Ensuring big data and fast data performance with in-memory computing

In-memory computing offers speed and scalability for digital transformation initiatives

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In-memory computing (IMC) technologies have been available for years. However, until recently, the cost of memory made IMC impractical for all but the most performance-critical, high value applications.

Over the last few years, however, with memory prices falling and demand for high performance increasing in just about every area of computing, I’ve watched IMC discussions go from causing glazed eyes to generating mild interest, to eliciting genuine excitement: “Please! I need to understand how this technology can help me!”

Why all the excitement? Because companies that understand the technology also understand that if they don’t incorporate it into their architectures, they won’t be able to deliver the applications and the performance their customers demand today and will need tomorrow. In-memory data grids and in-memory databases, both key elements of an in-memory computing platform, have gained recognition and mindshare as more and more companies have deployed them successfully.

All the new developments around in-memory computing shouldn’t fool you into thinking it’s unproven. It’s a mature, mainstream technology that’s been used for more than a decade in applications including fraud detection, high-speed trading and high performance computing.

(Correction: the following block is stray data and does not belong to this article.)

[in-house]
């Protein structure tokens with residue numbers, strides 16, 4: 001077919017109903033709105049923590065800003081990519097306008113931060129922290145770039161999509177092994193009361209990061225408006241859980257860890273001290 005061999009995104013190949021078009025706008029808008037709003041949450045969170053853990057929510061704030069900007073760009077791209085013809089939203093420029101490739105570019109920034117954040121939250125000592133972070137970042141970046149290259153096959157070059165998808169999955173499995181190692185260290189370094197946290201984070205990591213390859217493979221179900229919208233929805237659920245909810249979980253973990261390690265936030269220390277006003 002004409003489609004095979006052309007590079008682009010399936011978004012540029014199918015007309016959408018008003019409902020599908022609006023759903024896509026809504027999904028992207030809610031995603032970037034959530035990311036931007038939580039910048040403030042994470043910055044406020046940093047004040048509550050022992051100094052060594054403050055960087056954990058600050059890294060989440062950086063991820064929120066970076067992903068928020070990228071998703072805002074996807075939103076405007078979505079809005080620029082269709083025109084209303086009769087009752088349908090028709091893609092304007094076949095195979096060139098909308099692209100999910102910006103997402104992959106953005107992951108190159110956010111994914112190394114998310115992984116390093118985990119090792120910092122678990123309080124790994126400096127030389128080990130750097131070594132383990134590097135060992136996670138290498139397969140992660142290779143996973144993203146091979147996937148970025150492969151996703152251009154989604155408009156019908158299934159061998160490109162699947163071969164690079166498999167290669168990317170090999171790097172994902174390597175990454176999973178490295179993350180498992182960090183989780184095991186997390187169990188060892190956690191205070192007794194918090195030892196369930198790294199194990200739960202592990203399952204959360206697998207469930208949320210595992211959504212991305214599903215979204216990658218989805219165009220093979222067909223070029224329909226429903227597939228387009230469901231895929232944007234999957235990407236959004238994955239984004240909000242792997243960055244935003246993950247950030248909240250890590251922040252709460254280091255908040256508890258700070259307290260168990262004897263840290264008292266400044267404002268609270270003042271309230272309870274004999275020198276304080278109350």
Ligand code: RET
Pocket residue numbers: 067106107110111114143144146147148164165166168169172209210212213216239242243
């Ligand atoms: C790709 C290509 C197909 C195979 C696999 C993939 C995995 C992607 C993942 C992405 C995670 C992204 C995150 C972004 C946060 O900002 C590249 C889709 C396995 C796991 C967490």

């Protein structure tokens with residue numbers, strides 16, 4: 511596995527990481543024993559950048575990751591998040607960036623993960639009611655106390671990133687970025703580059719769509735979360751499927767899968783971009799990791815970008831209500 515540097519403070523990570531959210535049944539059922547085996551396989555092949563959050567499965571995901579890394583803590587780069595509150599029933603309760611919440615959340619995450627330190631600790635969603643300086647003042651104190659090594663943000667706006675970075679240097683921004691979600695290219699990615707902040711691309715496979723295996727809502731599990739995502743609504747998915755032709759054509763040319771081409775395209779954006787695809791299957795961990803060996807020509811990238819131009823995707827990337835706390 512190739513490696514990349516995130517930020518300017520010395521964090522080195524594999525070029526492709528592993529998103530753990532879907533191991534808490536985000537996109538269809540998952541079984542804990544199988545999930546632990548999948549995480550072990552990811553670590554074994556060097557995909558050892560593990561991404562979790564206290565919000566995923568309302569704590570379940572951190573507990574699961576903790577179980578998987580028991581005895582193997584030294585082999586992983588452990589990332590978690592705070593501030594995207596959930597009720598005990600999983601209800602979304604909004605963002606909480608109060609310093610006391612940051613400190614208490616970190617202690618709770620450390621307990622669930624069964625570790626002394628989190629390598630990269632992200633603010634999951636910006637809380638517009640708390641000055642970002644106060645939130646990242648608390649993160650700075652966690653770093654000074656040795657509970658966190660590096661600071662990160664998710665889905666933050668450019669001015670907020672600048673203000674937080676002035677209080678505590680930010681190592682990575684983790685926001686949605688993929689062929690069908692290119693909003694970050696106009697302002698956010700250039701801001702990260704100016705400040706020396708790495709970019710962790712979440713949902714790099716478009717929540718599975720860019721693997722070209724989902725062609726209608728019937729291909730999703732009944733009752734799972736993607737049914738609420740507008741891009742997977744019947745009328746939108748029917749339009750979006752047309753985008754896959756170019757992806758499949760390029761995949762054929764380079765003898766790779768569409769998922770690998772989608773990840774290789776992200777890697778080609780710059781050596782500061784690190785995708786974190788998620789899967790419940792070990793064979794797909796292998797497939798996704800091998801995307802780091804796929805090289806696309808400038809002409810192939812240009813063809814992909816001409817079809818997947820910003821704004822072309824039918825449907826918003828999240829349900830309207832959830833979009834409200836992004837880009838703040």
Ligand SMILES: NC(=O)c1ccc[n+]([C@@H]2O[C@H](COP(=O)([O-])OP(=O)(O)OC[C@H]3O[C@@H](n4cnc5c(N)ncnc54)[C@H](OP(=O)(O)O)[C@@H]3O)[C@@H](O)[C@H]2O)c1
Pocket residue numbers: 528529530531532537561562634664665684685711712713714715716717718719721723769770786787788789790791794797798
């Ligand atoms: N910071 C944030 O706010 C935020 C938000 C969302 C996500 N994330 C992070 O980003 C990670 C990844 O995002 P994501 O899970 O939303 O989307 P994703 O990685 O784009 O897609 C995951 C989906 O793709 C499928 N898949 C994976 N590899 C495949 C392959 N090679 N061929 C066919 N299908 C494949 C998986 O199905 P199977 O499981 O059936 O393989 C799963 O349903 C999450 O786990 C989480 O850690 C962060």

Consider the challenges caused by the explosion in data being collected and processed as part of the digital transformation. As you go through your day, almost everything you do intersects with some form of data production, collection or processing: text messaging, emailing, social media interaction, event planning, research, digital payments, video streaming, interacting with a digital voice assistant…. Every department in your company relies on more sophisticated, web-scale applications (such as ERP, CRM and HRM), which themselves have ever more sophisticated demands for data and analytics.

Now add in the growing range of consumer IoT applications: smart refrigerators, watches and security systems—with nonstop monitoring and data collection—and connected vehicles with constant data exchange related to traffic and road conditions, power consumption and the health of the car. Industrial IoT is potentially even bigger. I recently read that to improve braking efficiency, a train manufacturer is putting 400 sensors in each train, with plans to increase that number to 4,000 over the next five years. And data from all of these applications must be collected and often analyzed in real time.

That’s where in-memory computing comes in. An IMC platform offers a way to transact and analyze data which resides completely in RAM instead of continually retrieving data from disk-based databases into RAM before processing. In addition, in-memory computing solutions are built on distributed architectures so they can utilize parallel processing to further speed the platform versus single node, disk-based database alternatives. These benefits can be gained by simply inserting an in-memory computing layer between existing application and database layers. Taken together, performance gains can be 1,000X or more.